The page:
The creative genius of American writer, Stan Lee, who was born in 1922, brought us 'Spider Man', 'X-Men' and 'The Hulk'. They climbed tall buildings and fought the bad guys, but had normal worries too, about love, acceptance and family. Readers loved them and Marvel Comics, with Lee at the helm, went on to become hugely successful. In 2010 the Stan Lee Foundation was founded to focus on literacy, education and the arts. On January 4, 2011 Lee received the 2428th star on the Hollywood Walk of Fame.
I had friends who worked at the competition, just like they had friends who worked at our place, and occasionally these guys would tell me, they'd say, ‘Stan, it's the funniest thing. Over at the other comic book company they keep saying: ”Why is Stan's books outselling us?” And some big-brain would pop up and say, “It's because he's got a lot of red on his covers”. So they would start putting a lot of red on their covers. The minute I'd hear that, I would tell our colorist, ‘Don't use any red for the next few months’. Or they would then say, ‘He uses a lot of dialogue on his covers’, so again I would say, ‘Keep all the dialogue off the covers. Let's drive them crazy’. I think we did. Oh, another thing that I think… gave us the edge. This was something that I sort of… I didn't originate it but I popularized it. I gave all our characters a lot of thought balloons where… you know, these little balloons with bubbles instead of pointers where you knew what the character was thinking. Now, I did that to a great extent. Hardly anybody else ever did in comics, but it gave such another dimension to our characters, 'cause if you know… know what somebody is thinking, you really know the person. So instead of just dialogue, sometimes we had pages of a character all by himself, running around doing whatever he does, with thought balloons, and I think that made a big difference too. Oh now, the last thing. Maybe it's not the last, who knows? The… I remember where I left off. Martin said to me, ‘Why are our books selling so much better than anyone else's? It must be because…’ whatever nonsense he said. And I said ‘Martin, it's 'cause we have a different style than…’. He said, ‘Style has nothing to do with it, it must be maybe our characters have better names, or…’. I said, ‘Look, I'll prove it to you. I'll come up with a book that has the worst title you've ever heard about a subject that nobody is interested in, and I'll bet I can make it sell just because of the style we do it in’. He said, ‘There isn't a chance in hell’. So anyway I said, ‘Okay’. And what I did, I put out a book, Stories of World War II, which nobody cared about. We had already had the Korean War, Vietnam… the kids didn't care about World War II. So it was Stories of World War II with the unlikely title Sgt.Fury and his Howling Commandos. And we did it, and it became a good seller. And why did it become a good seller? Because again, it played — even though there are a lot of action and battle scenes — it played up the characterization. What I did, I came up with an ethnic platoon. Everybody… the leader was a typical John Wayne American — Sergeant Fury. But there was a black character named Gabriel Jones in the platoon. There was Izzy Levine I think, a Jewish guy. There was an Italian, Dino Manelli. I don't remember the others, but there was somebody representing everything. And there was a lot of humor, and a lot of gags, and a lot of action and excitement, and the book did beautifully, Martin never admitted it; we always changed the subject when we got on that matter.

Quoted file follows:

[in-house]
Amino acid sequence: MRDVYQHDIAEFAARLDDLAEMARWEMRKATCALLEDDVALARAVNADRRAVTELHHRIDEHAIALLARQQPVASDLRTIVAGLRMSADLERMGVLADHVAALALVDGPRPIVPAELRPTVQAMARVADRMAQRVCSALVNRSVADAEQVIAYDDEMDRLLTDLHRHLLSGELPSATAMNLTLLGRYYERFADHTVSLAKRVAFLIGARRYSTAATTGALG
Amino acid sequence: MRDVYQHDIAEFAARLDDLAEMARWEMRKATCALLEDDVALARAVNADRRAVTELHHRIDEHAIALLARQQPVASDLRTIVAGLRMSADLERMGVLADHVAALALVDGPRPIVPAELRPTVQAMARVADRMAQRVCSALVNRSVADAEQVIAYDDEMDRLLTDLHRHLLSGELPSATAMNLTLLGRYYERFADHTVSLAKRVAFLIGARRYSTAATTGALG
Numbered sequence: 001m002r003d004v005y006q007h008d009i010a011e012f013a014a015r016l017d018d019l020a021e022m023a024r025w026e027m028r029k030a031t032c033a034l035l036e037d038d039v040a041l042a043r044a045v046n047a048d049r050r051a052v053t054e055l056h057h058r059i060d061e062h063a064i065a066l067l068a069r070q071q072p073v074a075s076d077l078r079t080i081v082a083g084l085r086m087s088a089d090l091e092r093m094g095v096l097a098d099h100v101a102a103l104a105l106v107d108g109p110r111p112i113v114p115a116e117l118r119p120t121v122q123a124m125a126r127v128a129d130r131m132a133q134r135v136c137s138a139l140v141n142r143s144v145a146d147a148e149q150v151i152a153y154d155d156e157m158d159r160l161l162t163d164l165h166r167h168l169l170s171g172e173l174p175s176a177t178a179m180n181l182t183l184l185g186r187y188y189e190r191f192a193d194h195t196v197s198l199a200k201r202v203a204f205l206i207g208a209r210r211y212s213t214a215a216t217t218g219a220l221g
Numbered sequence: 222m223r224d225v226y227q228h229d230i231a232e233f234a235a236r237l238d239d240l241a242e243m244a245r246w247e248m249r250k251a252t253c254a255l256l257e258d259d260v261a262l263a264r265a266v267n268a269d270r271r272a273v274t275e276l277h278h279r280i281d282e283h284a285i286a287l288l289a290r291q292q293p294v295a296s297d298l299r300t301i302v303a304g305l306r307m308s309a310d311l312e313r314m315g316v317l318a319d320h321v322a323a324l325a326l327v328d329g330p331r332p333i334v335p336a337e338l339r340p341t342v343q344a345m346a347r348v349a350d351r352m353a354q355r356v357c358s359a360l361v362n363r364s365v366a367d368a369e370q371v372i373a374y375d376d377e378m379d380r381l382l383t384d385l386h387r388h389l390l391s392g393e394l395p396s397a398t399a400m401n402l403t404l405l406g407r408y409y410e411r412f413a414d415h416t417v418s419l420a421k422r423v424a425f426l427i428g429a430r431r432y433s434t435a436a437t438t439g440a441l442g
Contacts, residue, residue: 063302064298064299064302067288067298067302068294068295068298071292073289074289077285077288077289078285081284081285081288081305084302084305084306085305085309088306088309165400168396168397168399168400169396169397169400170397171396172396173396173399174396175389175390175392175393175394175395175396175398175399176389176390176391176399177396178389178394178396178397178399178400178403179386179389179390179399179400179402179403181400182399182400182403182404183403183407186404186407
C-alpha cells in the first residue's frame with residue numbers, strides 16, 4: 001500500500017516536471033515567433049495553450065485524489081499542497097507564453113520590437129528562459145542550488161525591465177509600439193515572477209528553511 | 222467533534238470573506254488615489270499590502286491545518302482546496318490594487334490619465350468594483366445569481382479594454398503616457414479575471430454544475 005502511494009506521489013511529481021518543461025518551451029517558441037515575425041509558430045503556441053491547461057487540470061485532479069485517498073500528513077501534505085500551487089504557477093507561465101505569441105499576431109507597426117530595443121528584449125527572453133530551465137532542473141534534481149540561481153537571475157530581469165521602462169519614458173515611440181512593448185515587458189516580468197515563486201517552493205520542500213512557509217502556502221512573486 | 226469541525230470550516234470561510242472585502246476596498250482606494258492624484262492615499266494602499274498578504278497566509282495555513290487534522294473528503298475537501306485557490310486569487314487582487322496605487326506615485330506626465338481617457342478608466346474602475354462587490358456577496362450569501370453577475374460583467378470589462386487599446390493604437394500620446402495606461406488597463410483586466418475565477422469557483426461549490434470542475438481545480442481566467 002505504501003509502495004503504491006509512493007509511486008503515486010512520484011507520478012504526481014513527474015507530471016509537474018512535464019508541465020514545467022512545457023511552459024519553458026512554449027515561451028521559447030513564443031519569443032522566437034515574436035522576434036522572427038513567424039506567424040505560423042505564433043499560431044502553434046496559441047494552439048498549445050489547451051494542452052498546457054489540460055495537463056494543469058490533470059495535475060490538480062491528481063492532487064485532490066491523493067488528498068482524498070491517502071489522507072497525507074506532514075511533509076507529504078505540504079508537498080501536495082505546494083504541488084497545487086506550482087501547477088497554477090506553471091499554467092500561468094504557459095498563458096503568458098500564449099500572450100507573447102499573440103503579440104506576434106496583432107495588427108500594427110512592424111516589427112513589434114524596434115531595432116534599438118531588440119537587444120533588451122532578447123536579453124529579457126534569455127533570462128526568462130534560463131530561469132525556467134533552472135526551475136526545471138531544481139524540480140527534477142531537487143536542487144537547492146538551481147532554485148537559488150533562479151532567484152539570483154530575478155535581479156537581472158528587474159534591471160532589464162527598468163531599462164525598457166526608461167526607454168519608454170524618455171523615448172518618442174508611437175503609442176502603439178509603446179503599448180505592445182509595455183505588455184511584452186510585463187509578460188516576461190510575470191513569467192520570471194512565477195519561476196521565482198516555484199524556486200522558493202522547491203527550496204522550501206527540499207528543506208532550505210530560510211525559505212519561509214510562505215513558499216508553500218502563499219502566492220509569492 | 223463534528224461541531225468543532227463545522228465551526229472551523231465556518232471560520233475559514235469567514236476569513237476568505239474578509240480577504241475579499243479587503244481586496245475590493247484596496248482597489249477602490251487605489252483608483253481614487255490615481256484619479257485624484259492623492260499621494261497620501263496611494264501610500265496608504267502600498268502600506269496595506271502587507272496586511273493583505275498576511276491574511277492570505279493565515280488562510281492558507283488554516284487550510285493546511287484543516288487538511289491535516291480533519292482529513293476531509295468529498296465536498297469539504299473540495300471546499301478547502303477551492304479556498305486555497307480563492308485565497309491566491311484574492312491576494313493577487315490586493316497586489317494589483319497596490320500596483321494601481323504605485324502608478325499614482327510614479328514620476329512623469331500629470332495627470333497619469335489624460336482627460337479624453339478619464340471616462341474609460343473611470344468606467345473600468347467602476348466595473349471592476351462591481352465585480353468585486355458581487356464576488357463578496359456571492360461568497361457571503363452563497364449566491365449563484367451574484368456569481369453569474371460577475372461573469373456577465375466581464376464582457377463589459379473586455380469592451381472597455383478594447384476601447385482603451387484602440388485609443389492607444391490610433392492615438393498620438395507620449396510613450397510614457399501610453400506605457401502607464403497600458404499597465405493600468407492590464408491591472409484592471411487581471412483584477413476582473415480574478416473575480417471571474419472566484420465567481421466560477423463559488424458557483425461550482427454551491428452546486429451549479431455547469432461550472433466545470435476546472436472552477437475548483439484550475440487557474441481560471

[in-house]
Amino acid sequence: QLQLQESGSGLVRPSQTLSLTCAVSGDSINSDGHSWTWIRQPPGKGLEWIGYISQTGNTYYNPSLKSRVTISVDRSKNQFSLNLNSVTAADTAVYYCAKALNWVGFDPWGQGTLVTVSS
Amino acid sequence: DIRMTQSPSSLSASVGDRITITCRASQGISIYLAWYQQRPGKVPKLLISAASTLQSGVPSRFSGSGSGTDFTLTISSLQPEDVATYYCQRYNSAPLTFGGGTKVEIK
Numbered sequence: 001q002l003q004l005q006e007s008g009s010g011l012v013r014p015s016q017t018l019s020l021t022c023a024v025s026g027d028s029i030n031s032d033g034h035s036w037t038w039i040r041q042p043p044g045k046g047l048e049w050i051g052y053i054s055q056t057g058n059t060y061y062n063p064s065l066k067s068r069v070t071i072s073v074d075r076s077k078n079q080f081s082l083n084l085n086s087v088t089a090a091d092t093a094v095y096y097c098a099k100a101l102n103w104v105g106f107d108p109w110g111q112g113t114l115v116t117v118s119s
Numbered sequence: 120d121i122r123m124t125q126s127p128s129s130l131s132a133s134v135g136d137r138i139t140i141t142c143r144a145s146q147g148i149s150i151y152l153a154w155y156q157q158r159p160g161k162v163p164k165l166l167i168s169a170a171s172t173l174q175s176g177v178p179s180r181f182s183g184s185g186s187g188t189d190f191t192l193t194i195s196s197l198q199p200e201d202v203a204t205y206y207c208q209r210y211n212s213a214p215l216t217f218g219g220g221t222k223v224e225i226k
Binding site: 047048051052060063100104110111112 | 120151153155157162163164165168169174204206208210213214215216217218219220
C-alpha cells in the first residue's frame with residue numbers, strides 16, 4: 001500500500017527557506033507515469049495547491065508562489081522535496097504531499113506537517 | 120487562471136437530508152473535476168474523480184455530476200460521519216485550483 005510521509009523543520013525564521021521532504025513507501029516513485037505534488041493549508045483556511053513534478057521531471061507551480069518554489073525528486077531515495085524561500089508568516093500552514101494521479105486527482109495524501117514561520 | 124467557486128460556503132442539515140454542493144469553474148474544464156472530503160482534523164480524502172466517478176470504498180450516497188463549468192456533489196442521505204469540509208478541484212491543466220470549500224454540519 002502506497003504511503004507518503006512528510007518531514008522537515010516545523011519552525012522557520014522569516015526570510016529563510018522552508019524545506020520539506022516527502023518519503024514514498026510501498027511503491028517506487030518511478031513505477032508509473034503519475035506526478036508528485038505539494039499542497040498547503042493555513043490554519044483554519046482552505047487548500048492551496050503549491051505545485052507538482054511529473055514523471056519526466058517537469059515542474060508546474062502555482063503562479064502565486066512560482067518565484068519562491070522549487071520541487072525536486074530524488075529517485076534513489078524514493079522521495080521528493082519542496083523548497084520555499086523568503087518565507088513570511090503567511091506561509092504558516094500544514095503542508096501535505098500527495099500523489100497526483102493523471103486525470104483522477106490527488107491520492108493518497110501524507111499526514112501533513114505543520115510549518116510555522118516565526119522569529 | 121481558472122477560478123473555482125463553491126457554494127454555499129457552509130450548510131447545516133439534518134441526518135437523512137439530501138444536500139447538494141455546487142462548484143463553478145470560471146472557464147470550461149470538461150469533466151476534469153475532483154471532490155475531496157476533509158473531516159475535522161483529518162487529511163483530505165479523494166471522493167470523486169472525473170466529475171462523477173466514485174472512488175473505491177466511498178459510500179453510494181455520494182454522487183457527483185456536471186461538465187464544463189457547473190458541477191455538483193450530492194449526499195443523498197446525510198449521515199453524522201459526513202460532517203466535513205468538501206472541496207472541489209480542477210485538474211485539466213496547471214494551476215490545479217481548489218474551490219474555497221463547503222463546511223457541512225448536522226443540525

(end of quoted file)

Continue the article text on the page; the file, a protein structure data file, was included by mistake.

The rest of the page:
Leo Bear is a Hollywood-based features writer. Her background is in news and features writing. Leo spent five years on the entertainment newsdesk at BBC Worldwide before going freelance and moving out to Los Angeles. She specialises in writing lifestyle features, celebrity interviews, health stories and travel features for publications including Eve Magazine, OK! Magazine, Total Film, TV Hits and Conde Nast Gourmet Travel Guide.
Stories of World War II, Sgt. Fury and his Howling Commandos, Martin Goodman